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    I was at a band practice last night and A similar topic came up. I said how with time i could learn most solos but i am not good at improvising solos on the spot. I know i need to learn my modes and CAGED theory and things of that sort to improve in that respect.

    In the meantime id just suggest learning the songs the best you can, there are so many type of players out there and even the best players have their weaknesses. Stay positive. I was really worried prior to yesterdays band practice but am feeling better today.
     
  15. Manicstarseed

    Manicstarseed Member

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    Would you mind telling the brief story? It sounds like you mentioned (to the band) that you felt like you "sucked" and they said "No way! We like what you do."
    That's a great story that's worth hearing ... Its one thing being critical, its another thing dismissing our own skills with concerns of 'sucking'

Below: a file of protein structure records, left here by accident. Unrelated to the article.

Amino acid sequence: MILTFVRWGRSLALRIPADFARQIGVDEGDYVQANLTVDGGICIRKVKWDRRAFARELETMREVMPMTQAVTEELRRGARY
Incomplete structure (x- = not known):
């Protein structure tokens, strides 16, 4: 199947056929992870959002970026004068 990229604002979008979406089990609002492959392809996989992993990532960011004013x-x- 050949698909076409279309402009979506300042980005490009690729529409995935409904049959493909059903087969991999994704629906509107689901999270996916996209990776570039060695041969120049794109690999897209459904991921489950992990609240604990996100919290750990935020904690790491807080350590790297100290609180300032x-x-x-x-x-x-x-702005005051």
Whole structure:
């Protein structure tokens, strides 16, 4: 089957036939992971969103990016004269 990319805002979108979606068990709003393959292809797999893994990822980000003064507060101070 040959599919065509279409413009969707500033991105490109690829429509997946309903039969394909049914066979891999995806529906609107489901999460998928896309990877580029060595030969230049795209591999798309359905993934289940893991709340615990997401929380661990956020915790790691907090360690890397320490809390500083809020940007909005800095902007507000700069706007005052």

Is that what happened? How did it go down?

    I think for every blind-wall-of-notes egomaniac, there are as many self-depreciating 'ego-less'maniac.
    - The message to the over confident.... shhh, listen, make music
    - The message to the under confident ....right on, be heard, make music.
     
  16. Michael_V

    Michael_V Supporting Member

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    I am learning that it takes more than CAGED chords and modal theory to play compelling solos. It also requires a vocabulary of licks and phrases, which are usually best built up by listening to and learning other people's stuff and then making it your own. Something I haven't done enough of over the years.